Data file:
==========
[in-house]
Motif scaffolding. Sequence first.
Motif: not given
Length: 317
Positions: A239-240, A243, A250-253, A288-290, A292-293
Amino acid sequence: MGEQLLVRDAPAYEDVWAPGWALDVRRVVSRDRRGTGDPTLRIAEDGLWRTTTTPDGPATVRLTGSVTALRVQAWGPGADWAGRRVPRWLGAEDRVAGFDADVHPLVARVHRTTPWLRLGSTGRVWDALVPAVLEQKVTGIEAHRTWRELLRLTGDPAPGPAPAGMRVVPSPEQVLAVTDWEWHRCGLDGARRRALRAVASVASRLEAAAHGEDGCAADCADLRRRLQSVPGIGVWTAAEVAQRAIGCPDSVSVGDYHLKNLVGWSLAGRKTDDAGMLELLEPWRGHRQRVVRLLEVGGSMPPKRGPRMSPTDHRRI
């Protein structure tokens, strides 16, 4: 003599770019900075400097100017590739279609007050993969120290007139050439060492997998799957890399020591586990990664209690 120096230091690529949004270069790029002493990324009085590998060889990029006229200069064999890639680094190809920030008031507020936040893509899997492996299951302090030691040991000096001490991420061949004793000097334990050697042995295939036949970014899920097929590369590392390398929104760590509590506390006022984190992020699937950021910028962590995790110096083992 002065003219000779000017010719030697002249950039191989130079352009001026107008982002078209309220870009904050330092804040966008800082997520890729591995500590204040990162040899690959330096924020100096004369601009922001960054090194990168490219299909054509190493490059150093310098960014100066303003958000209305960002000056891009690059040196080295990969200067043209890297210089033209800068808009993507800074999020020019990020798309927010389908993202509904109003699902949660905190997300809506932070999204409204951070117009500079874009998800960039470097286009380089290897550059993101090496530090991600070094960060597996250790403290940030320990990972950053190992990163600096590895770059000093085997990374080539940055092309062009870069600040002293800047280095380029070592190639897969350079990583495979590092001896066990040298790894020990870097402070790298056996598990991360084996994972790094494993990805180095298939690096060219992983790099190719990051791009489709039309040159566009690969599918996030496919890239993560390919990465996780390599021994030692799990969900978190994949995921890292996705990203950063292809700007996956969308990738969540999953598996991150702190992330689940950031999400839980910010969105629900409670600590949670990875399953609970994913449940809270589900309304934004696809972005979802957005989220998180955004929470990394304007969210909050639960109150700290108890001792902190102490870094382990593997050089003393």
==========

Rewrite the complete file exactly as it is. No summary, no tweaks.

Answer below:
[in-house]
Motif scaffolding. Sequence first.
Motif: not given
Length: 317
Positions: A239-240, A243, A250-253, A288-290, A292-293
Amino acid sequence: MGEQLLVRDAPAYEDVWAPGWALDVRRVVSRDRRGTGDPTLRIAEDGLWRTTTTPDGPATVRLTGSVTALRVQAWGPGADWAGRRVPRWLGAEDRVAGFDADVHPLVARVHRTTPWLRLGSTGRVWDALVPAVLEQKVTGIEAHRTWRELLRLTGDPAPGPAPAGMRVVPSPEQVLAVTDWEWHRCGLDGARRRALRAVASVASRLEAAAHGEDGCAADCADLRRRLQSVPGIGVWTAAEVAQRAIGCPDSVSVGDYHLKNLVGWSLAGRKTDDAGMLELLEPWRGHRQRVVRLLEVGGSMPPKRGPRMSPTDHRRI
């Protein structure tokens, strides 16, 4: 003599770019900075400097100017590739279609007050993969120290007139050439060492997998799957890399020591586990990664209690 120096230091690529949004270069790029002493990324009085590998060889990029006229200069064999890639680094190809920030008031507020936040893509899997492996299951302090030691040991000096001490991420061949004793000097334990050697042995295939036949970014899920097929590369590392390398929104760590509590506390006022984190992020699937950021910028962590995790110096083992 002065003219000779000017010719030697002249950039191989130079352009001026107008982002078209309220870009904050330092804040966008800082997520890729591995500590204040990162040899690959330096924020100096004369601009922001960054090194990168490219299909054509190493490059150093310098960014100066303003958000209305960002000056891009690059040196080295990969200067043209890297210089033209800068808009993507800074999020020019990020798309927010389908993202509904109003699902949660905190997300809506932070999204409204951070117009500079874009998800960039470097286009380089290897550059993101090496530090991600070094960060597996250790403290940030320990990972950053190992990163600096590895770059000093085997990374080539940055092309062009870069600040002293800047280095380029070592190639897969350079990583495979590092001896066990040298790894020990870097402070790298056996598990991360084996994972790094494993990805180095298939690096060219992983790099190719990051791009489709039309040159566009690969599918996030496919890239993560390919990465996780390599021994030692799990969900978190994949995921890292996705990203950063292809700007996956969308990738969540999953598996991150702190992330689940950031999400839980910010969105629900409670600590949670990875399953609970994913449940809270589900309304934004696809972005979802957005989220998180955004929470990394304007969210909050639960109150700290108890001792902190102490870094382990593997050089003393």